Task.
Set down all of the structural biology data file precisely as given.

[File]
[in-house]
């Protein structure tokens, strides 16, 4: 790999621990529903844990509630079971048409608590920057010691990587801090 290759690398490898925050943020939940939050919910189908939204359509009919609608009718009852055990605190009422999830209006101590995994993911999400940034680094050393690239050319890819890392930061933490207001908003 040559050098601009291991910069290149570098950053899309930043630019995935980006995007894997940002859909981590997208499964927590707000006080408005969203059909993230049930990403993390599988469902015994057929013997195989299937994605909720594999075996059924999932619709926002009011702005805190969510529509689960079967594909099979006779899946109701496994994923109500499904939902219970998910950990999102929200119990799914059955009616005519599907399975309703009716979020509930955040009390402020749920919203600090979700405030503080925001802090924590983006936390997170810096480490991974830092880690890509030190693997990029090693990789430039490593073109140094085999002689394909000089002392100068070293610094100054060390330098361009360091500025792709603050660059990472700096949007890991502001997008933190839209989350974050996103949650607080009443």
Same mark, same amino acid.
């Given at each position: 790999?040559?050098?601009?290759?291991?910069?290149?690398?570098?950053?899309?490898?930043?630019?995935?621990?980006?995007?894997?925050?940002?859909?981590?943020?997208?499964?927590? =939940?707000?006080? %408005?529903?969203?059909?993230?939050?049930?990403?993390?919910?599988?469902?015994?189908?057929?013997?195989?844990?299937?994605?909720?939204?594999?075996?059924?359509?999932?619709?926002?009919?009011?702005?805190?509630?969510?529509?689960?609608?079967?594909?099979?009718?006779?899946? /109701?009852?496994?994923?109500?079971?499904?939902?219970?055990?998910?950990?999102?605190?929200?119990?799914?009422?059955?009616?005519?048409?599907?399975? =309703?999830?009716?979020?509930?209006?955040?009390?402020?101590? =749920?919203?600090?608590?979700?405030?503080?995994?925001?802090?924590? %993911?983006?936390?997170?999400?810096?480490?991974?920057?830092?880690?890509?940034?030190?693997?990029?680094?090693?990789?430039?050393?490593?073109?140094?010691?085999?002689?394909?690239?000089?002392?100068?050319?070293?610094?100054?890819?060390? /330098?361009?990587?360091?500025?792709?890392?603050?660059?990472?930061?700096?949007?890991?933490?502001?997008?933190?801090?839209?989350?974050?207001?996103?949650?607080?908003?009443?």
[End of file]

[in-house]
């Protein structure tokens, strides 16, 4: 790999621990529903844990509630079971048409608590920057010691990587801090 290759690398490898925050943020939940939050919910189908939204359509009919609608009718009852055990605190009422999830209006101590995994993911999400940034680094050393690239050319890819890392930061933490207001908003 040559050098601009291991910069290149570098950053899309930043630019995935980006995007894997940002859909981590997208499964927590707000006080408005969203059909993230049930990403993390599988469902015994057929013997195989299937994605909720594999075996059924999932619709926002009011702005805190969510529509689960079967594909099979006779899946109701496994994923109500499904939902219970998910950990999102929200119990799914059955009616005519599907399975309703009716979020509930955040009390402020749920919203600090979700405030503080925001802090924590983006936390997170810096480490991974830092880690890509030190693997990029090693990789430039490593073109140094085999002689394909000089002392100068070293610094100054060390330098361009360091500025792709603050660059990472700096949007890991502001997008933190839209989350974050996103949650607080009443």
Same mark, same amino acid.
């Given at each position: 790999?040559?050098?601009?290759?291991?910069?290149?690398?570098?950053?899309?490898?930043?630019?995935?621990?980006?995007?894997?925050?940002?859909?981590?943020?997208?499964?927590? =939940?707000?006080? %408005?529903?969203?059909?993230?939050?049930?990403?993390?919910?599988?469902?015994?189908?057929?013997?195989?844990?299937?994605?909720?939204?594999?075996?059924?359509?999932?619709?926002?009919?009011?702005?805190?509630?969510?529509?689960?609608?079967?594909?099979?009718?006779?899946? /109701?009852?496994?994923?109500?079971?499904?939902?219970?055990?998910?950990?999102?605190?929200?119990?799914?009422?059955?009616?005519?048409?599907?399975? =309703?999830?009716?979020?509930?209006?955040?009390?402020?101590? =749920?919203?600090?608590?979700?405030?503080?995994?925001?802090?924590? %993911?983006?936390?997170?999400?810096?480490?991974?920057?830092?880690?890509?940034?030190?693997?990029?680094?090693?990789?430039?050393?490593?073109?140094?010691?085999?002689?394909?690239?000089?002392?100068?050319?070293?610094?100054?890819?060390? /330098?361009?990587?360091?500025?792709?890392?603050?660059?990472?930061?700096?949007?890991?933490?502001?997008?933190?801090?839209?989350?974050?207001?996103?949650?607080?908003?009443?």